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Hurricane Harvey floods Houston, 9 dead; thousands evacuated

By Seema Hakhu Kachru
Last updated on: August 29, 2017 12:18 IST
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IMAGE: A man wades through flood waters from Tropical Storm Harvey while helping evacuate a boy in east Houston, Texas. Photograph: Adrees Latif/Reuters

Tropical storm Harvey continued to batter southeast Texas on Tuesday with rain and floods, leaving at least nine people dead and submerging highways, houses and entire neighbourhoods in the United States’ fourth-largest city Houston.

First responders took to boats to rescue stranded residents, with authorities warning that more than 30,000 people across the region could be forced from their homes by the time skies are expected to clear later this week.

A family of six is believed to have died after drowning in a white van while trying to escape the floods.

The passengers included four children. The driver reportedly called out to them to try to get out through the back door, but they were unable to escape.


Witnesses said first responders were in the area, but were unable to rescue the passengers. It is thus far the single deadliest incident resulting from the storm.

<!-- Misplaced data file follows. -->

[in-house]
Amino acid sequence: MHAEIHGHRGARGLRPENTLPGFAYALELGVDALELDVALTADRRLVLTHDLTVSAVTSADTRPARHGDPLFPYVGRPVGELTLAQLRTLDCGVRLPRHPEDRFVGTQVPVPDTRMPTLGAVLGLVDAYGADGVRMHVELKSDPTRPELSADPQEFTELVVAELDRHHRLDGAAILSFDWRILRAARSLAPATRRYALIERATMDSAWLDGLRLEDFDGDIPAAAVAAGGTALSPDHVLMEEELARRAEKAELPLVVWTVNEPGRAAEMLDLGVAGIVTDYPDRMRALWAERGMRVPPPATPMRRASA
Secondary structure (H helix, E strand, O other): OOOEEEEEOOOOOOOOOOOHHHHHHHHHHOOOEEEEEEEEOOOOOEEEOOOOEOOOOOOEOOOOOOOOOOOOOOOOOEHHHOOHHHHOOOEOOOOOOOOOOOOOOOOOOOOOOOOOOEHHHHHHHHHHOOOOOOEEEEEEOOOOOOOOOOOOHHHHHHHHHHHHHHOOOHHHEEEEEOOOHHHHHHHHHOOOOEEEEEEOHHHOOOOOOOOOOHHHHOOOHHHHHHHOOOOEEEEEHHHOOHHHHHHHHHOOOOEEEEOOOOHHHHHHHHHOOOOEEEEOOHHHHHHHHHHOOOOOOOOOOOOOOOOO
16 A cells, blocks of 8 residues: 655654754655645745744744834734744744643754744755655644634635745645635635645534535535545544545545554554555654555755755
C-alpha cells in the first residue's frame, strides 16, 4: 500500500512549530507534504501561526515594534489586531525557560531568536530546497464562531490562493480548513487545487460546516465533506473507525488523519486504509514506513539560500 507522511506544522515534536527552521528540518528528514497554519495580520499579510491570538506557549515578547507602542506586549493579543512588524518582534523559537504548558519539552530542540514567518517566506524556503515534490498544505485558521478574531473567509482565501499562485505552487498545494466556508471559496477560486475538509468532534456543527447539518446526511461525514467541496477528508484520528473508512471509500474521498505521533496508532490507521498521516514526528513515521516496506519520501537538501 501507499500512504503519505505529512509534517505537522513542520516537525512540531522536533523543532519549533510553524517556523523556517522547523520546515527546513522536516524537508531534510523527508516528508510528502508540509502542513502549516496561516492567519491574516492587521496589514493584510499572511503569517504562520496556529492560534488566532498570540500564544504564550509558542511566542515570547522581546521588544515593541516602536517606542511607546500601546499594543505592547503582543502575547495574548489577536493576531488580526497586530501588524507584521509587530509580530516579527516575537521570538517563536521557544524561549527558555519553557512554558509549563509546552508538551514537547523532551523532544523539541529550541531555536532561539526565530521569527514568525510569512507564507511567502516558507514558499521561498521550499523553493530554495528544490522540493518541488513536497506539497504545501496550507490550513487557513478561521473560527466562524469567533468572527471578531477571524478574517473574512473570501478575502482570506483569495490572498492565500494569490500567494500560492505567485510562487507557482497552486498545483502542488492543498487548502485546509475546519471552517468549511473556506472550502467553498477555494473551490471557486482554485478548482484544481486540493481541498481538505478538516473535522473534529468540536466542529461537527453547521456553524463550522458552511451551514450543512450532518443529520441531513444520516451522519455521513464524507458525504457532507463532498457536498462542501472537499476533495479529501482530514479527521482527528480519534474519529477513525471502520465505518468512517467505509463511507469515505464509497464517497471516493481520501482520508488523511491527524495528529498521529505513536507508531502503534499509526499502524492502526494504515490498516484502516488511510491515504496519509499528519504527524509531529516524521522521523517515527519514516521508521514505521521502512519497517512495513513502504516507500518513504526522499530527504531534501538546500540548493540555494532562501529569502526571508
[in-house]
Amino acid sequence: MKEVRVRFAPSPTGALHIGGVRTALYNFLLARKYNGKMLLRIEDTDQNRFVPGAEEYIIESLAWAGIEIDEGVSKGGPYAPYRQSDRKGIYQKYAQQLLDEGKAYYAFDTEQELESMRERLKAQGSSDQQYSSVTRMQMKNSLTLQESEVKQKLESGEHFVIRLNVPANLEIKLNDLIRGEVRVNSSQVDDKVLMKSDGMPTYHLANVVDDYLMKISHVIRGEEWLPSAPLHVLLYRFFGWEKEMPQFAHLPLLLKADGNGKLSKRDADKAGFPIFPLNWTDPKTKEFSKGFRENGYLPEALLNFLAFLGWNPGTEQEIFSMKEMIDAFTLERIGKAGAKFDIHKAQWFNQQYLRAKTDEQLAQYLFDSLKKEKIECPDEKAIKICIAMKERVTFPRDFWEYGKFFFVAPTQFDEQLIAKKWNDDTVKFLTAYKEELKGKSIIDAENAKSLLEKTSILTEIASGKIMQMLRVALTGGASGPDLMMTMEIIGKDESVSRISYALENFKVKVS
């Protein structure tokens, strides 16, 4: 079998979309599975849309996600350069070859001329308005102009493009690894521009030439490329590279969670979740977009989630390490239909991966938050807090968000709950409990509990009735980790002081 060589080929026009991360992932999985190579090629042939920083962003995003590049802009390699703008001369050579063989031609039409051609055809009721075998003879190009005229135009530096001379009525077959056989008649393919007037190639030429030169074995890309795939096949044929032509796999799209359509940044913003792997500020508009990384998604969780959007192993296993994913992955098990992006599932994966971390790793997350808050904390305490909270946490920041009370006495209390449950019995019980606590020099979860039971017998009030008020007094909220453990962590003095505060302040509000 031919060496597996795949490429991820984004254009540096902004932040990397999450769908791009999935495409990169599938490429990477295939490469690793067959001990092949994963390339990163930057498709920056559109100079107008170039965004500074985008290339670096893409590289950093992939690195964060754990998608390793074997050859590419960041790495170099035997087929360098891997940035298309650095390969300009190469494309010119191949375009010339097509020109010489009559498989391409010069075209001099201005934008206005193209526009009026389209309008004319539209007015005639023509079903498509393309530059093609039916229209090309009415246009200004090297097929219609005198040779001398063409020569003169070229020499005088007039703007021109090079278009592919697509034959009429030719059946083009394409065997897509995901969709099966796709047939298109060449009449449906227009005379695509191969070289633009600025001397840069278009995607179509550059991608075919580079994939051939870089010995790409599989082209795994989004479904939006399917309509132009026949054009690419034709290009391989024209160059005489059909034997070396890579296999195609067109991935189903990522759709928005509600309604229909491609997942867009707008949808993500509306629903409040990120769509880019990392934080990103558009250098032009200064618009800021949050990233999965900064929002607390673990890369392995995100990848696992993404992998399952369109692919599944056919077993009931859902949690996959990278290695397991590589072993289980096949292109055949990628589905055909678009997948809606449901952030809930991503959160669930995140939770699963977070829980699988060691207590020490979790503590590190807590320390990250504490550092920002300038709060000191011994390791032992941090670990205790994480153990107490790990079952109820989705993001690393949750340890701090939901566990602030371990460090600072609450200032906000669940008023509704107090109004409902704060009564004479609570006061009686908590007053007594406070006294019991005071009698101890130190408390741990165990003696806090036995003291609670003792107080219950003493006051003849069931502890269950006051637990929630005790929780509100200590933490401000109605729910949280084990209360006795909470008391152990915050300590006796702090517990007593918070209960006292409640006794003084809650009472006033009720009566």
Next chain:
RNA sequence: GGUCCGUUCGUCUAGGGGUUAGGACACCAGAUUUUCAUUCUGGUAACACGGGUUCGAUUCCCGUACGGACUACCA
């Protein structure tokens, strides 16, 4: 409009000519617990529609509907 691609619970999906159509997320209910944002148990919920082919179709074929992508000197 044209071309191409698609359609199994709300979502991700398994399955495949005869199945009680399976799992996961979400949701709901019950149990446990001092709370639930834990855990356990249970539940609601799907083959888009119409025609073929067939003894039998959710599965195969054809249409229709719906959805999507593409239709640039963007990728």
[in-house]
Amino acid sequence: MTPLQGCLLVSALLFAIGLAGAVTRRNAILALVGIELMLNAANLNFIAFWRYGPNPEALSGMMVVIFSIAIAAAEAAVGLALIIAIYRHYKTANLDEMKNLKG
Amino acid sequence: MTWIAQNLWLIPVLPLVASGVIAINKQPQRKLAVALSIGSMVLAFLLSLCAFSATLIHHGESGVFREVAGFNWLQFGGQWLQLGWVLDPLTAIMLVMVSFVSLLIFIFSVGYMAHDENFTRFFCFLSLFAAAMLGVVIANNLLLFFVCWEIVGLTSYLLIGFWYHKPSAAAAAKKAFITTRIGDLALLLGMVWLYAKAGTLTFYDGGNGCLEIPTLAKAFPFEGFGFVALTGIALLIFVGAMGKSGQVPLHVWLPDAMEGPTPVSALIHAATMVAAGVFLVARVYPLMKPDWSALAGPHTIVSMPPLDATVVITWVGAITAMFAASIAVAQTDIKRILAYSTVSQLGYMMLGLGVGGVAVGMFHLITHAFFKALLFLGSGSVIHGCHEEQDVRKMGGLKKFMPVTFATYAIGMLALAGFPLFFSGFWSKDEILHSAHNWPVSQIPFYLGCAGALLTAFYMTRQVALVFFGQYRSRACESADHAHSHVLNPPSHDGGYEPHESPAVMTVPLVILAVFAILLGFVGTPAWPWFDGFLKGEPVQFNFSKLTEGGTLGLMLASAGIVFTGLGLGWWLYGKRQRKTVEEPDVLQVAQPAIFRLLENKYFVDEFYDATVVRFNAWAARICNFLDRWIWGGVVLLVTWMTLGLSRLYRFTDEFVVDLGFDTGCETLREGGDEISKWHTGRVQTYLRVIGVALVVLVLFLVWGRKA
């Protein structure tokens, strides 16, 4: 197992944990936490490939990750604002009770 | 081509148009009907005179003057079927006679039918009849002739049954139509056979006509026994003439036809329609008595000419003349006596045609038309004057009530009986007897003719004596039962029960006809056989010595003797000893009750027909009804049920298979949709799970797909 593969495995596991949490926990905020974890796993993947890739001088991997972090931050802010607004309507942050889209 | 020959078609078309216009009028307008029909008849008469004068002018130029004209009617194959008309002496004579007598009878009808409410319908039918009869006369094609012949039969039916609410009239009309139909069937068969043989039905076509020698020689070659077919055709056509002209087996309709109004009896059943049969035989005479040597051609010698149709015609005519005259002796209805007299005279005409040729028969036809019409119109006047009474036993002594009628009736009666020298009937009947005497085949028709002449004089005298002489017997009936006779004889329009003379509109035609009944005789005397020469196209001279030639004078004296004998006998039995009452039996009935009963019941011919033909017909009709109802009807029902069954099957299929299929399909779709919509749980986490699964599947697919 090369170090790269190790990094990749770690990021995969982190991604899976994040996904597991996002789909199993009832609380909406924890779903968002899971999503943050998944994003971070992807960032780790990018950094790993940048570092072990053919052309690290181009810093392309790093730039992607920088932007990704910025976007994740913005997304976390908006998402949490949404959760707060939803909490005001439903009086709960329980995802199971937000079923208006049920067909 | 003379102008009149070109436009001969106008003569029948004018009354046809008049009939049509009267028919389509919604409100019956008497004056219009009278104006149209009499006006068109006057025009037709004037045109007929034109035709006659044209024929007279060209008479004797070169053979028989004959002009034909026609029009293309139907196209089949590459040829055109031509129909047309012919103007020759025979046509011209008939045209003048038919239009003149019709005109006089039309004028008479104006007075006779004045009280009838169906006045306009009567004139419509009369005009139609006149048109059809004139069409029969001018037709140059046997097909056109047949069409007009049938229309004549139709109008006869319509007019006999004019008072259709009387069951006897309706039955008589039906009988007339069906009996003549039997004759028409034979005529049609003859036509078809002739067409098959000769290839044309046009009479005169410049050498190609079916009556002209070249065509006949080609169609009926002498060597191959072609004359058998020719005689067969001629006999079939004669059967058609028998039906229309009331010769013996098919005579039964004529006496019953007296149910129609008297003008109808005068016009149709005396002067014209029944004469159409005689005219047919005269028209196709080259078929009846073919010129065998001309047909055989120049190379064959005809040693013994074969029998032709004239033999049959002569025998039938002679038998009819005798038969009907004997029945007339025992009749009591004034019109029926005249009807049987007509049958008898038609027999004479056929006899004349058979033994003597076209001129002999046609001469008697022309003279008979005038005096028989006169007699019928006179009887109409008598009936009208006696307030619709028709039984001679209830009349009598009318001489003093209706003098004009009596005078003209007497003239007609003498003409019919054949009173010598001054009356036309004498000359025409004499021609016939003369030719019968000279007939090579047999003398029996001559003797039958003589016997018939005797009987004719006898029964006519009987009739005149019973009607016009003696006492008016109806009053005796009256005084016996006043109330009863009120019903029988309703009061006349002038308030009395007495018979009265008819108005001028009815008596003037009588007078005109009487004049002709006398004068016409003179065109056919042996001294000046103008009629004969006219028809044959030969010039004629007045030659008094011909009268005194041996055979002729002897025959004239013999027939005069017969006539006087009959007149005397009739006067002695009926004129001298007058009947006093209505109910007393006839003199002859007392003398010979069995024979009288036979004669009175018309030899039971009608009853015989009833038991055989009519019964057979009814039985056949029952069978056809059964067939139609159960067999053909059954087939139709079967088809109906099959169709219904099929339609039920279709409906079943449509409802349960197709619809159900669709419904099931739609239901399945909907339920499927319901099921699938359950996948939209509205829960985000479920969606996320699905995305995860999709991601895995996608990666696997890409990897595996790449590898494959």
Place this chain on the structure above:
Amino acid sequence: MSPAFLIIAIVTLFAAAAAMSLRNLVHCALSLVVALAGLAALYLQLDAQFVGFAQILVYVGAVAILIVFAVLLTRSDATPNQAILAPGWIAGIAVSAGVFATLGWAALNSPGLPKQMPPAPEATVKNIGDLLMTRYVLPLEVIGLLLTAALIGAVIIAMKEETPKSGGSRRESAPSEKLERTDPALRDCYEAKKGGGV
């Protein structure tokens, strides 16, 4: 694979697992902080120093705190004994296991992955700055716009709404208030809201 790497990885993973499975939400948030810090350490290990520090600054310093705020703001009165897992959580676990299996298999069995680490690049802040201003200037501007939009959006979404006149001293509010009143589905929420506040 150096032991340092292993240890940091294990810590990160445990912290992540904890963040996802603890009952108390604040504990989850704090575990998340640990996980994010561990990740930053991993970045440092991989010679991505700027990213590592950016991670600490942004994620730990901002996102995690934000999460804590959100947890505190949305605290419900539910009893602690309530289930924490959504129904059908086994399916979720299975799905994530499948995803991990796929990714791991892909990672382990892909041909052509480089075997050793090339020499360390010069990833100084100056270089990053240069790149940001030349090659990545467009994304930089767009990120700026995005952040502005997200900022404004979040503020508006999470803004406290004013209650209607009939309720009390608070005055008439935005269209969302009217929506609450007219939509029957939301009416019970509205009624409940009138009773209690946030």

A 60-year-old woman died Monday in Porter, a small community north of Houston, when a large oak fell on her mobile home.

Another person died in the small coastal town of Rockport, near where Harvey made landfall. A 52-year-old homeless man was found in La Marque, a small city near Galveston.

Non stop rain on Monday crippled Houston and emergency teams -- aided by a growing contingent of citizen-rescuers -- plunged into waist-deep water seeking people stranded by devastating, historic flooding in the wake of Hurricane Harvey.

Two Indian students are in a critical condition after they nearly drowned in Lake Bryan in the US state of Texas.

IMAGE: A woman carries a child while migrating to a safer place in Beaumont Place, Houston. 
Photograph: Jonathan Bachman/Reuters

As the rain kept pouring, as many as 13 million people from Houston to New Orleans were under flood watches and warnings. Many residents climbed to the upper stories of their homes. Some even pitched tents on roofs, waiting it out until a boat or helicopter swooped in.

“Harvey has in many ways turned southeast Texas into an inland lake...the size of Lake Michigan,” said Brad Kieserman, vice president of disaster operations and logistics for the American Red Cross.

According to the National Weather Service (NWS), residents can expect another 24 inches of rain, the return of tropical storm force winds and high flood waters.

The NWS has issued flood watches and warnings from near San Antonio to New Orleans, an area that is home to more than 13 million people. Schools, airports and office buildings remained closed.

Houston Mayor Sylvester Turner said that there are already 5,500 people in shelters and that number is expected to rise.